Kate’s second album, Walk Chalk Chicken, was recorded and engineered in St. Albans, West Virginia, at the studio of Jim Martin Productions. Jim is an expert at capturing the natural feel of old-time music and has recorded numerous West Virginia traditional artists.
“All I really want to say is that this CD is excellent and that if you like old time music then you really need to buy it . . .
. . . Kate is a very versatile musician and we hear her on fiddle, banjo, guitar and of course singing,all of which she does so well. Her voice has that slightly husky quality which can make sentimental songs sound more real but is perfectly suited to the more lonesome traditional one . . .
. . . Kate has managed to gather around her some of the best musicians who are currently keeping the traditions of West Virginia old time music alive . . .
. . . I don’t really know what to else to say except that I loved this CD and I think you will too and I’m off to try and learn ‘Faded Coat of Blue’! “
Friends of American Old-Time Music and Dance review
“This is the place to mention Kate Lissauer’s solo album, Walk Chalk Chicken, recorded last year in West Virginia with Dave and Tim Bing. It is an elegant album, concentrated as it is on Kate’s plaintive mountain singing and tremendous fiddling.
Kate Lissauer is a real and genuine talent – true, above all, to the spirit of mountain music.”
Charley Dunlap – Bath Chronicle 22 July 2005
“Genuine old-time country from a talented singer and fiddle player.
Old-time country music has made something of a resurgence in recent years, not just in the Appalachians, but also over here in the UK, where there are several highprofile performers who are able to play folk clubs, listening venues and bluegrass festivals. One of these is Kate Lissauer, a highly regarded exponent of old-time country music.
Now resident in the UK, Kate started her musical career playing with Rev. Chip & the Moonbrides, one of Maryland’s champion stringbands. Later she was to become an integral member of Scotland’s Caledonia Ramblers. This is Kate’s second album and was recorded in St Albans, West Virginia with the acclaimed Jim Martin, a recognised expert at capturing the natural feel of old-time music. Accompanied by such talented musicians as brothers Dave and Tim Bing (guitars, banjo, fiddle, vocals), Mark Paine (vocals), Woody Lissauer (vocals), Ginny Hawker (vocals), Johnny Whelan (banjo), and Jim Martin (bass), with Kate on vocals, banjo and fiddle, this takes you back to the very roots of country music, now long-forgotten by the Nashville country mainstream.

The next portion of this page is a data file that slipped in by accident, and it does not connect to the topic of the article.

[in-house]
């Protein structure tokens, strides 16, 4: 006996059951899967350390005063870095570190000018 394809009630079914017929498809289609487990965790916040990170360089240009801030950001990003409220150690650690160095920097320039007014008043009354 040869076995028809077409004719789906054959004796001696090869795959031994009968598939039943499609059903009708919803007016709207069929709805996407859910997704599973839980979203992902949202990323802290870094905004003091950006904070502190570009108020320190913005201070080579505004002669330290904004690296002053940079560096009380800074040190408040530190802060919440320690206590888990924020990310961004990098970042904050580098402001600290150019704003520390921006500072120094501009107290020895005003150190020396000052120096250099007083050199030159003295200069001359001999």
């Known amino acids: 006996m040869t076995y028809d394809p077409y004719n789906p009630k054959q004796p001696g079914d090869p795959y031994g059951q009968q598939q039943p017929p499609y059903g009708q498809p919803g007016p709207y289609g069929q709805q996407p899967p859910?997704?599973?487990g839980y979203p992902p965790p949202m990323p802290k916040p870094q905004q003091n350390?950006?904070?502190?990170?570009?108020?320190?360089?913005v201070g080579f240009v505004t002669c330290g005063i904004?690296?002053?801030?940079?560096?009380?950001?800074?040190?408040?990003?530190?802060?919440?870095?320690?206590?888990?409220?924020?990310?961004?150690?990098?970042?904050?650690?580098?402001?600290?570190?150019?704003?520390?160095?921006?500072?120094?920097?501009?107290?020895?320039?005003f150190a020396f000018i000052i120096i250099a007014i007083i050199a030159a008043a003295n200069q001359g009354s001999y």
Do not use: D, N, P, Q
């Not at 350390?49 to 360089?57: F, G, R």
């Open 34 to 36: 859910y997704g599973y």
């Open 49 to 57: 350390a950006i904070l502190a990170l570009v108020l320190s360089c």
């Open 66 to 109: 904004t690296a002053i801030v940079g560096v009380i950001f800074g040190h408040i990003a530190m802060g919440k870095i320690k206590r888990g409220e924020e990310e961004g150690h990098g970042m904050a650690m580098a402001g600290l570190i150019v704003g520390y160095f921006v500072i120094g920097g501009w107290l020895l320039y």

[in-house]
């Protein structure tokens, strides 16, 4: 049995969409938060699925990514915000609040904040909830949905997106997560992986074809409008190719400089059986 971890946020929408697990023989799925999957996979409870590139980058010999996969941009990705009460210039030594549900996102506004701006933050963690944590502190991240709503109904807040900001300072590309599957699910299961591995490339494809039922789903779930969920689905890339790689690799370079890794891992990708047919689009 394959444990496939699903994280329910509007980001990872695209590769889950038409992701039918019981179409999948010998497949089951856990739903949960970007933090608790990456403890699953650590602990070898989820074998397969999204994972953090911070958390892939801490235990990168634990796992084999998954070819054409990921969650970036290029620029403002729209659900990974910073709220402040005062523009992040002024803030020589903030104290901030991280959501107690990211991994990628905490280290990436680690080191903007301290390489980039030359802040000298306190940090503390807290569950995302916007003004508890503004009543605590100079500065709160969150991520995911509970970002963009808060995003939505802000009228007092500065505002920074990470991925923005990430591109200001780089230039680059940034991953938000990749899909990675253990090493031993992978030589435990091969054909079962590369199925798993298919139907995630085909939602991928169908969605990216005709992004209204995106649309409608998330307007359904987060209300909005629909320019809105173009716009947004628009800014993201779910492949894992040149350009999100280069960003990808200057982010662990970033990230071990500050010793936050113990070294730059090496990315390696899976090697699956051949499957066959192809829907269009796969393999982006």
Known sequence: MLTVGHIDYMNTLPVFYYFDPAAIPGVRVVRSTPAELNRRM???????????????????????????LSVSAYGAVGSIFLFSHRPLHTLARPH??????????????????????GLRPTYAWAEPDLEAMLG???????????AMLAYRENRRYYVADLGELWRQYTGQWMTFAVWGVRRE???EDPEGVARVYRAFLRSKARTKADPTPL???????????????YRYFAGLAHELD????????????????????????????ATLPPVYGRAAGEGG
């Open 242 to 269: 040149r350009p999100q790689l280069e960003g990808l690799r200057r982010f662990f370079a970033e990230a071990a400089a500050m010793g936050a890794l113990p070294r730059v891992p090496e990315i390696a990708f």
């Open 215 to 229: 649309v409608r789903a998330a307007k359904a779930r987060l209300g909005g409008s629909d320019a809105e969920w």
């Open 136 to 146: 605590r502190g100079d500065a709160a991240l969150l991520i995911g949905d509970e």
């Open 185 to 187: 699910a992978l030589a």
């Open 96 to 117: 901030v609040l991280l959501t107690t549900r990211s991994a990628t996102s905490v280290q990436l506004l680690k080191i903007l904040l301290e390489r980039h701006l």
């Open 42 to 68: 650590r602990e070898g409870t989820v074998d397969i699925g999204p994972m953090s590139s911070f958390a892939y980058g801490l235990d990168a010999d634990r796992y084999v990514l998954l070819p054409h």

At times the music is slow and brooding, as on Pretty Polly, allowing Kate’s earthy vocals to shine against the simple guitar, banjo and fiddle backdrop. Then you have the driving, fiddle-led hoedowns Hop High My Lulu Gal and Shove the Pig’s Foot A Little Further in the Fire. A record which will delight old-timey fans, it should also crossover to the alt.country crowd who have latched on to the Handsome Family, the Be Good Tanyas and Freakwater.
When it comes to traditional country, WALK CHALK CHICKEN is the genuine article. Accept no inferior substitutes.”
AdC – Maverick Magazine – the new voice of country music – October 2005
“This CD is a little gem . . . both vocally and instrumentally everything is excellent . . . I would highly recommend this CD . . . “
British Bluegrass News
Kate Lissauer – Walk Chalk Chicken (Own Label)
Even though she’s now resident in the UK, singer and fiddle player Kate’s not all that often seen touring, which is a real pity, since she’s one of the most gifted exponents of oldtime country. And Walk Chalk Chicken is only her second record – the first, the excellent Ain’t No Grave, came out six or seven years ago on the enterprising Wildwood label (which seems to have gone to ground of late). Here Kate gives us a collection of affectingly simple (one could say rustic) performances of material from the very roots of country, comprising roughly two thirds songs and one third instrumental pieces. On the majority of the latter cuts Kate’s driven fiddle is accompanied by the Brothers Bing (Tim and Dave on banjo and fiddle/guitar respectively) – and boy, do they cook, especially where Kate and Dave work out together on that twin-fiddle line! Jim Martin (bass) and Johnny Whelan (banjo) also lend a hand occasionally. And with wonderful titles like Shove The Pig’s Foot A Little Further In The Fire, well you can’t help but have a real good time can you?! … But brilliant tho’ the tunes are, it’s probably the songs that make the most impact for me, and to describe some as riveting would not be exaggerating in the slightest. Kate’s earthy, mildly husky vocal timbre brings a quality of brooding, soft mournfulness to such songs as Faded Coat Of Blue, in the course of the heartfelt expression of whose lyrics Kate wrings an almost unbearable amount of emotion from the very simplest of images. Her interpretation of Son House’s County Farm Blues is extraordinarily powerful, and her version of the classic ballad Pretty Polly (another on which Kate accompanies herself on guitar) is also nigh matchless in its stark sense of tragedy. Then there’s the uptempo songs like Lincoln’s Gunboats and Down The Road, where Kate’s relish in their very singing infuses the performances with the true spirit of unpretentious down-home hoedown. If you want a good solid oldtime record with that extra layer of emotional credibility and depth, then it’s a simple decision: go for Kate straightaway.”
David Kidman March 2700 NetRhythms.co.uk